A Taekwondo participant sustained a hand injury from punching an opponent that resulted in painful instability of the ring finger extensor digitorum communis tendon due to sagittal band damage. His symptoms resolved after reconstructive surgery on the sagittal band (SB) with stabilization of the extensor tendon over the metacarpophalangeal joint.

  11. The identification of fall history using maximal and rapid isometric torque characteristics of the hip extensors in healthy, recreationally active elderly females: a preliminary investigation.

    Science.gov (United States)

    Palmer, Ty B; Thiele, Ryan M; Williams, Katherine B; Adams, Bailey M; Akehi, Kazuma; Smith, Douglas B; Thompson, Brennan J

    2015-08-01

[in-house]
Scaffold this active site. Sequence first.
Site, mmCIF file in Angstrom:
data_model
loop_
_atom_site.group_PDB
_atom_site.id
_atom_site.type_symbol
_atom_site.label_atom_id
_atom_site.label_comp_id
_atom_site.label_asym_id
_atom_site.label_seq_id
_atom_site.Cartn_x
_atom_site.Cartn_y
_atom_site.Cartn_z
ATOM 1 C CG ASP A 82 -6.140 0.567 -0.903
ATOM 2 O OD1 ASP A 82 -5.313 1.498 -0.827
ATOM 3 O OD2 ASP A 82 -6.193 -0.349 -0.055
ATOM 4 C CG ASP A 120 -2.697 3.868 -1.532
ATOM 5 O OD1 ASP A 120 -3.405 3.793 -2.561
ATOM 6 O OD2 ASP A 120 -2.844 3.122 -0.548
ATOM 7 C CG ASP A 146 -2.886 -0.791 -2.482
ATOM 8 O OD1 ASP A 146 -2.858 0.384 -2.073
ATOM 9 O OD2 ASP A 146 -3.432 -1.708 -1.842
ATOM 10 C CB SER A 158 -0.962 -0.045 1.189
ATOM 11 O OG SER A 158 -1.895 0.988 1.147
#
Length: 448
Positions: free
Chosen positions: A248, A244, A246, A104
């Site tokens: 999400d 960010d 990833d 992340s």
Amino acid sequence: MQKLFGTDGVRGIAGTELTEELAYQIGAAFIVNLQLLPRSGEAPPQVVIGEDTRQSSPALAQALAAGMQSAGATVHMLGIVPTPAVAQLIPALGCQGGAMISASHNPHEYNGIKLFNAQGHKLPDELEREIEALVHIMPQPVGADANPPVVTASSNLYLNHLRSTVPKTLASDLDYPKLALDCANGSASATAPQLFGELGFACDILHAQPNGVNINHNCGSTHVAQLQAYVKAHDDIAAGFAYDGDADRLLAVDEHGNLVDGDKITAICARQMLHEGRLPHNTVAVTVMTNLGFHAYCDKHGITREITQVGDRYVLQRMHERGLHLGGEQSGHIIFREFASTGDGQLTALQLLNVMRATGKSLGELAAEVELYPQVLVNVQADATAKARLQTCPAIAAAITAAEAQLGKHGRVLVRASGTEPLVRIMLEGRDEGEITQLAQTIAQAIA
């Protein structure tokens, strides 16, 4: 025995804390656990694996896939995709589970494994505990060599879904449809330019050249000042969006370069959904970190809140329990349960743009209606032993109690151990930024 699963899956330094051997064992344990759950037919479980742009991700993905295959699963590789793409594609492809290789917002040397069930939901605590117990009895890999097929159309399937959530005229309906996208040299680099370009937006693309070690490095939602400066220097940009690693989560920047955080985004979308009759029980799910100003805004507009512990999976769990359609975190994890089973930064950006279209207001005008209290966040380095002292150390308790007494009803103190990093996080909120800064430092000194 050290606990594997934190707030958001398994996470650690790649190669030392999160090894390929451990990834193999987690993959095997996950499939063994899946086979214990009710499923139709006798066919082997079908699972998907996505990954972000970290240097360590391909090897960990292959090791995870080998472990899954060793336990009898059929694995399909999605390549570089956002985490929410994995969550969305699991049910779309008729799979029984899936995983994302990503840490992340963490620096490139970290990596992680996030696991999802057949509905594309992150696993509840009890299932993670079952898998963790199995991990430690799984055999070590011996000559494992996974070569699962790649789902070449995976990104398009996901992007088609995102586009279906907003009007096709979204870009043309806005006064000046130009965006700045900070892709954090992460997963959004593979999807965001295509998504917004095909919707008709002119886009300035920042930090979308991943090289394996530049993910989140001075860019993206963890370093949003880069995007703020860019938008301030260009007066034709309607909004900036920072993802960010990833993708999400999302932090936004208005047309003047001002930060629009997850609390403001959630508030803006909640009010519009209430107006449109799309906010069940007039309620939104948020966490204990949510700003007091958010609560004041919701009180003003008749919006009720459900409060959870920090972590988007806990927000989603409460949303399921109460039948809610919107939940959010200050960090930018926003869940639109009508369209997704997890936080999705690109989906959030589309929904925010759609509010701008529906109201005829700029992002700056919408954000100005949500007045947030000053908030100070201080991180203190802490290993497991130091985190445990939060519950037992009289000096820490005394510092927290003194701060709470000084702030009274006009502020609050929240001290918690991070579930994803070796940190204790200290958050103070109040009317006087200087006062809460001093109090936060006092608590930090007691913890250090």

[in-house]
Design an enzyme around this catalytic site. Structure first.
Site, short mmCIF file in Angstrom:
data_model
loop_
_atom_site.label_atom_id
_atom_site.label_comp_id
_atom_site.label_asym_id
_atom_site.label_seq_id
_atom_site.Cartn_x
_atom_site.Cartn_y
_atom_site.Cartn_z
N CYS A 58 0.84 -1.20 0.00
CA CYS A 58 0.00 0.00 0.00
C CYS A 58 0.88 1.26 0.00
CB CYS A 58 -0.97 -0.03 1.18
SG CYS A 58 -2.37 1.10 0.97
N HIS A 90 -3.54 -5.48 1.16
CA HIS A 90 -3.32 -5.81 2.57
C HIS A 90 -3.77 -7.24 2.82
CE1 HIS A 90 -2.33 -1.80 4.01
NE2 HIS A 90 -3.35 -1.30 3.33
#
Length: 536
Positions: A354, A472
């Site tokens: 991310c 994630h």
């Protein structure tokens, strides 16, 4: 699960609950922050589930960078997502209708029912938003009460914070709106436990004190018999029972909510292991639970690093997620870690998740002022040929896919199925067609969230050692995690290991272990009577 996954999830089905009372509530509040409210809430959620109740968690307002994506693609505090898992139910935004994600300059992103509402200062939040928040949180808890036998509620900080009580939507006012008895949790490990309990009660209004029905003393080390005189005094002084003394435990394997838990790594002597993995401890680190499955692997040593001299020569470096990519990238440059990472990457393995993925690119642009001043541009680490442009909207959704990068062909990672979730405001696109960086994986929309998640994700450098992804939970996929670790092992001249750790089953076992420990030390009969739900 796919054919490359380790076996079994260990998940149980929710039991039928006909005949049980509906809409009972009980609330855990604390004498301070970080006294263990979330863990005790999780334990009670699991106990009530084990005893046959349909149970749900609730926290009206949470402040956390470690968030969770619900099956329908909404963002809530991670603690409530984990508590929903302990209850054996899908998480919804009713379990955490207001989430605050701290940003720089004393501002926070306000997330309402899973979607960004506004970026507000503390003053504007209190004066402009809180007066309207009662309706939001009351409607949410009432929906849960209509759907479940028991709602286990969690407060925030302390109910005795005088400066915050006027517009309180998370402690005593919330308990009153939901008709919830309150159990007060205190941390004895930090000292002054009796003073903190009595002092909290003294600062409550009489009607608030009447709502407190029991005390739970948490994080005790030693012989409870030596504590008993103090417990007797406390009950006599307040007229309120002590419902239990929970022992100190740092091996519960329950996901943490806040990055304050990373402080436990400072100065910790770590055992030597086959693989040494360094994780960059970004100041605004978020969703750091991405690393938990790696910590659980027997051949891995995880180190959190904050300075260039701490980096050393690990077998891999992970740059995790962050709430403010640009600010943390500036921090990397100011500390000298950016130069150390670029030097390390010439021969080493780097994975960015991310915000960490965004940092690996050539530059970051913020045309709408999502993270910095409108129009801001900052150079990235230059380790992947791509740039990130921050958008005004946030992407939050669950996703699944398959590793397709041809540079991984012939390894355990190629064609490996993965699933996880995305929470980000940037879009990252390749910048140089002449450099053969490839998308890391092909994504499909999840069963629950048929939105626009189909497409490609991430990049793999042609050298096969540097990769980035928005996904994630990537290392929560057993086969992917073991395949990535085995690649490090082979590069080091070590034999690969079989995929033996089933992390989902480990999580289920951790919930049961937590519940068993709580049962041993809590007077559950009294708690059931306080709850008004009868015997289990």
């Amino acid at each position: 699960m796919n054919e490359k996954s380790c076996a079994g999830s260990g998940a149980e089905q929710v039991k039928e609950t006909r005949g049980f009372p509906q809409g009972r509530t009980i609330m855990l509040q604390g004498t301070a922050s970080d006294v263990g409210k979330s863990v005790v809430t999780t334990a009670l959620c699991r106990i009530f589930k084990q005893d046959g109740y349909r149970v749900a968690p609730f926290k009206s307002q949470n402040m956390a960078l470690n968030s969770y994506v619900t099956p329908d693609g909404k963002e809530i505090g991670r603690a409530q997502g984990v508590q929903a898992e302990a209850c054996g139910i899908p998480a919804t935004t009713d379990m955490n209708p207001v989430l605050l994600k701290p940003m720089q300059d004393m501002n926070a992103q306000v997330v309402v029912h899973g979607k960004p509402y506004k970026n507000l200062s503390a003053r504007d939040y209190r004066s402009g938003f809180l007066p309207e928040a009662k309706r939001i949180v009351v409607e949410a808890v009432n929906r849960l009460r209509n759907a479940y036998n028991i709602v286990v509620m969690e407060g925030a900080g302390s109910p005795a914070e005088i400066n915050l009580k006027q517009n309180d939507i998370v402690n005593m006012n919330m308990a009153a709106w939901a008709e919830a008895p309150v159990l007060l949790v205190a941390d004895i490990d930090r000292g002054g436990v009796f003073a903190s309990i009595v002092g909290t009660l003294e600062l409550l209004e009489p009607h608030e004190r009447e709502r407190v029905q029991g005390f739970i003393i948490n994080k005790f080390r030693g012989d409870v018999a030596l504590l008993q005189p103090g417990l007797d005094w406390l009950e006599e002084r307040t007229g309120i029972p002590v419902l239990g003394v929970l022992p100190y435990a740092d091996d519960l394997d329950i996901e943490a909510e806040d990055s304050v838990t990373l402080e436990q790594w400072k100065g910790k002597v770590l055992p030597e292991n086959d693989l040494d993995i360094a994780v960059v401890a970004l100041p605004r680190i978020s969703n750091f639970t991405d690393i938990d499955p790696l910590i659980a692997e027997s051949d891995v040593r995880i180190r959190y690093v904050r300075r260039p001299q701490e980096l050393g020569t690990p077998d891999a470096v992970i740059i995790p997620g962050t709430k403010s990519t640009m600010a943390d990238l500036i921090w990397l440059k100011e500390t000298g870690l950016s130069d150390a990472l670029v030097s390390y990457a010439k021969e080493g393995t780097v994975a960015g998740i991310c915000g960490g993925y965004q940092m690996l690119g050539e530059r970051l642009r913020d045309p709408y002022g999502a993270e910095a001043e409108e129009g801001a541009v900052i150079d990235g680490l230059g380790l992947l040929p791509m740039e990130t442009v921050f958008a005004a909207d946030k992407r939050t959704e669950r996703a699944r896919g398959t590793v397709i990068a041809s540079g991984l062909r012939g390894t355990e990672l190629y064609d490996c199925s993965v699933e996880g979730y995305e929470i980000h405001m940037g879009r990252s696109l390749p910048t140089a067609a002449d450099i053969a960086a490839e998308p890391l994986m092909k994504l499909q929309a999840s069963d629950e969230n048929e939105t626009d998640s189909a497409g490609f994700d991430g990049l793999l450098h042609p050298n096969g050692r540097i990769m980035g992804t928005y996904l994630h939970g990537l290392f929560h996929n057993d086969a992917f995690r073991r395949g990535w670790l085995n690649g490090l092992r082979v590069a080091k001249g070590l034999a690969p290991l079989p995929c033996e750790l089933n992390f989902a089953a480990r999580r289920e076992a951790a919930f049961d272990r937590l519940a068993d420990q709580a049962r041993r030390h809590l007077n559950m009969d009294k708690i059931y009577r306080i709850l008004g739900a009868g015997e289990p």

Maximal and rapid torque characteristics of the hip extensor muscles play an important role in fall prevention and other balance-related performances; however, few studies have investigated the ability of these variables at identifying fall-history status in healthy, recreationally active elderly adults. This study aimed to examine the effectiveness of maximal and rapid isometric torque characteristics of the hip extensor muscles to differentiate between healthy, recreationally active elderly females with (fallers) and without (non-fallers) a history a falls. Six elderly female fallers (mean ± SD: age = 73 ± 7 year; mass = 68 ± 16 kg; height = 160 ± 5 cm) and nine elderly female non-fallers (age = 71 ± 7 year; mass = 66 ± 16 kg; height = 157 ± 6 cm) performed two isometric maximal voluntary contractions (MVCs) of the hip extensor muscles. Peak torque (PT) and absolute and relative rate of torque development (RTD) at the early (0-50 ms) and late (100-200 ms) phases of muscle contraction were examined during each MVC. Absolute and relative RTD at 0-50 ms were greater (P = 0.039 and 0.011, respectively) in the non-fallers compared to the fallers. However, no group-related differences (P = 0.160-0.573) were observed for PT nor absolute and relative RTD at 100-200 ms. Early rapid strength production of the hip extensor muscles may be a sensitive and effective measure for discriminating between elderly females of different fall histories. These findings may provide important insight regarding implications for the assessment of fall risk and in the development of proper training programs aimed at minimizing the occurrence of falls and other balance-related injuries in the elderly.